Lauren Russell joins RCAH

September 1, 2020

woman looking at viewer

The Residential College in the Arts and Humanities (RCAH) at Michigan State University is delighted to announce that Lauren Russell has joined the faculty as an assistant professor and Director of the RCAH Center for Poetry.

Russell is the author of What’s Hanging on the Hush (Ahsahta Press, 2017) and Descent (Tarpaulin Sky Press, forthcoming June 2020). A 2017 National Endowment for the Arts Creative Writing Fellow in Poetry, she has also received fellowships from Cave Canem, The Wisconsin Institute for Creative Writing, and VIDA/The Home School, and residencies from the Rose O’Neill Literary House at Washington College, the Millay Colony for the Arts, and City of Asylum/Passa Porta.



Her work has appeared in The New York Times Magazine, the Academy of American Poets’ Poem-a-Dayboundary 2The Brooklyn RailCream City Review, and the anthologies Bettering American Poetry 2015 and Furious Flower: Seeding the Future of African American Poetry, among others. She is currently a research assistant professor in English and is assistant director of the Center for African American Poetry and Poetics at the University of Pittsburgh.

 About the appointment, Russell states:

In his 2019 collection, The Tradition, Jericho Brown writes, “A poem is a gesture toward home.” I read this line while sheltering in place in the Pittsburgh apartment that has been my literal home for the last three years, and in poetry, which has been my figurative home for a lifetime. If the COVID-19 crisis has taught me anything, it is that the unexpected is already happening—and through radical acts of imagination and care, within heightened constraints, we can begin to make our way forward, apart but together. This is the kind of attention that poetry demands, while offering a sense of immediacy and community across physical distances. As the pandemic has revealed a great capacity for kindness and thrown long-existing inequities into sharper relief, poets and poetry centers must begin to reimagine how to meet new and unforeseen future challenges and needs. I look forward to making a home in East Lansing in the months to come, and I am thrilled to join the RCAH Center for Poetry, which has been making a home for poetry as a force in people’s lives for so long.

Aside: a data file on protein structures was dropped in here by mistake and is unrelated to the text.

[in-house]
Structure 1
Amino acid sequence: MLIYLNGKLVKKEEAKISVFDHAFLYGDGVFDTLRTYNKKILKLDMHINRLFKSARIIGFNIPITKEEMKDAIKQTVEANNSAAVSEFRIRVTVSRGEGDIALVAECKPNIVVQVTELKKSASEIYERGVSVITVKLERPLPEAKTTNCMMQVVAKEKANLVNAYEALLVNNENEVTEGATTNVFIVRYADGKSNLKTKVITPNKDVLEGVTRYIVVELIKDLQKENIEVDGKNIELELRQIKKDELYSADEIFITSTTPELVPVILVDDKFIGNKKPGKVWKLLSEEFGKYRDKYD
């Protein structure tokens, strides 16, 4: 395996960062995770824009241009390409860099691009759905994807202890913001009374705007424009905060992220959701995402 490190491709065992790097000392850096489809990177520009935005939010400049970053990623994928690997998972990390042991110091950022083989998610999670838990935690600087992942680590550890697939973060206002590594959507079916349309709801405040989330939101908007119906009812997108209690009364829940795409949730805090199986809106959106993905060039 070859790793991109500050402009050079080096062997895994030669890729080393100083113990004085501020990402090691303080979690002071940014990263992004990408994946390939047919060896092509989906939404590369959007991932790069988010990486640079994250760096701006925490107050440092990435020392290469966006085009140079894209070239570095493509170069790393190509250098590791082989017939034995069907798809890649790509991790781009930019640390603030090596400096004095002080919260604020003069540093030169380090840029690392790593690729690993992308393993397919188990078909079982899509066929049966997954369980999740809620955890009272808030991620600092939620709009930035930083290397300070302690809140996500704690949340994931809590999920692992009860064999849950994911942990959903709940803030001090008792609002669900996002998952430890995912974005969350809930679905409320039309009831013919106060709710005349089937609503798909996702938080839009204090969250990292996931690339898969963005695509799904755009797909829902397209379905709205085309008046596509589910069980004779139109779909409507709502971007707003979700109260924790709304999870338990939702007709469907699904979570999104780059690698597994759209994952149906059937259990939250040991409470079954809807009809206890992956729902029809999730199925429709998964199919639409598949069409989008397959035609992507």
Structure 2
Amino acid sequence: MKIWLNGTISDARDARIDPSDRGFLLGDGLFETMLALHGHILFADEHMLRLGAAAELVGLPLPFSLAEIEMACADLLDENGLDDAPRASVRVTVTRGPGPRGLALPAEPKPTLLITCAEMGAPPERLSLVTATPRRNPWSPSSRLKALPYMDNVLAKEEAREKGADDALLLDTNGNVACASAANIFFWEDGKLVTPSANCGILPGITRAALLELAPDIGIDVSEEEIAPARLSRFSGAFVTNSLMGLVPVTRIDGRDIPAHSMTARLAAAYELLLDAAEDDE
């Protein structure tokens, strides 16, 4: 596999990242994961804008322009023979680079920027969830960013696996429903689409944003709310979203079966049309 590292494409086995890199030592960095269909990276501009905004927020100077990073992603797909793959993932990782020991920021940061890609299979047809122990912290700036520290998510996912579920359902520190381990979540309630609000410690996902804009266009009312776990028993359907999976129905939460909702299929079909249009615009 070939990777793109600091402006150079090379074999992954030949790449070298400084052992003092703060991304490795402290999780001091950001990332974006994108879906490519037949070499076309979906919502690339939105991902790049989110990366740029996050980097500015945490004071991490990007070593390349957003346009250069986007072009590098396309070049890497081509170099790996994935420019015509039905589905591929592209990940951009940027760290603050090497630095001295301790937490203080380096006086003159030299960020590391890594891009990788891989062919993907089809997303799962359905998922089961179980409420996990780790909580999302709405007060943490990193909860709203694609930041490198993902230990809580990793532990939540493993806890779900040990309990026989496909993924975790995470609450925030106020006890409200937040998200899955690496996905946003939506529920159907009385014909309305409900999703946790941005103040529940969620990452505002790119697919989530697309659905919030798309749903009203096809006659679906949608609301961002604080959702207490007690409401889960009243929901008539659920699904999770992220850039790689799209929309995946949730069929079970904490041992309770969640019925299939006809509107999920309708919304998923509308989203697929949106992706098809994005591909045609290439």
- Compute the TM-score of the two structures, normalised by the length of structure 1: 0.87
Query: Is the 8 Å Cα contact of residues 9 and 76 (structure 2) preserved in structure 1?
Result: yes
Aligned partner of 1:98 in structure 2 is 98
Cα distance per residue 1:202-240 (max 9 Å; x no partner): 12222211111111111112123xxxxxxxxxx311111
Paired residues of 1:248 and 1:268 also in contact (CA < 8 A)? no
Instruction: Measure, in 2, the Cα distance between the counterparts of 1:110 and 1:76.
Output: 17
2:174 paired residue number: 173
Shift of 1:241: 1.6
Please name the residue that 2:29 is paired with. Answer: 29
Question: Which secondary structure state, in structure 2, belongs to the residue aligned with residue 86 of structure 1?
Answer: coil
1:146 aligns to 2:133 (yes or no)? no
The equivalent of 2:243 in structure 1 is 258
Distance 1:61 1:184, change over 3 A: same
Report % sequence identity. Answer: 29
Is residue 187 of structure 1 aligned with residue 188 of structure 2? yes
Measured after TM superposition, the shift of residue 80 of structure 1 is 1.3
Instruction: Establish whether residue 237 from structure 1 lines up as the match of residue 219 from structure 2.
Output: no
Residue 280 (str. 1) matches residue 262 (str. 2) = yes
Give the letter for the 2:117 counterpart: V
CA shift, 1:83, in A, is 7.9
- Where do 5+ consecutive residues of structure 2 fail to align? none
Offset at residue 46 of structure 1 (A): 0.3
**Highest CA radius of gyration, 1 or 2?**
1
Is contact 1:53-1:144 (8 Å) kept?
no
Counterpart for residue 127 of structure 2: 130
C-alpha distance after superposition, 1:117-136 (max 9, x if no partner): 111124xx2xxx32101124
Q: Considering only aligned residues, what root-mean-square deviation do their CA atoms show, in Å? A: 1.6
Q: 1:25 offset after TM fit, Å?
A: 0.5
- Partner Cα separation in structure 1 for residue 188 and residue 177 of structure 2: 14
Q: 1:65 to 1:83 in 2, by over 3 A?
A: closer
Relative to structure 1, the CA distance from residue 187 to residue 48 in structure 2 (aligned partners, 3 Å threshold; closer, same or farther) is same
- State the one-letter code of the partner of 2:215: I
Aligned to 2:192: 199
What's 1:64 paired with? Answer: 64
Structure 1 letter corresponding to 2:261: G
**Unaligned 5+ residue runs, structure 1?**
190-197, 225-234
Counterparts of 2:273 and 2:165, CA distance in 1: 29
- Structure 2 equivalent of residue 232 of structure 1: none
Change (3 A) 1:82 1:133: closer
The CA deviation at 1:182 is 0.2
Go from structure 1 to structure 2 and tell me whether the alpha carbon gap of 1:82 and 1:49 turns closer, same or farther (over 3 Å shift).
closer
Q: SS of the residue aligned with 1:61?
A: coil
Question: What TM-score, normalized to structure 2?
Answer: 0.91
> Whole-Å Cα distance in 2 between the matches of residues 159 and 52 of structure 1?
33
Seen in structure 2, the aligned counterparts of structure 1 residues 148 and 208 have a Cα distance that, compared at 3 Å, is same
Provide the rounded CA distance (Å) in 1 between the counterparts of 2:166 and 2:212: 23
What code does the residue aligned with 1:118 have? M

Russell’s appointment comes as RCAH professor and Center for Poetry founding director Anita Skeen retires and retains the position of series editor for the Center’s Wheelbarrow Books Poetry Prize.

For full press release, click here.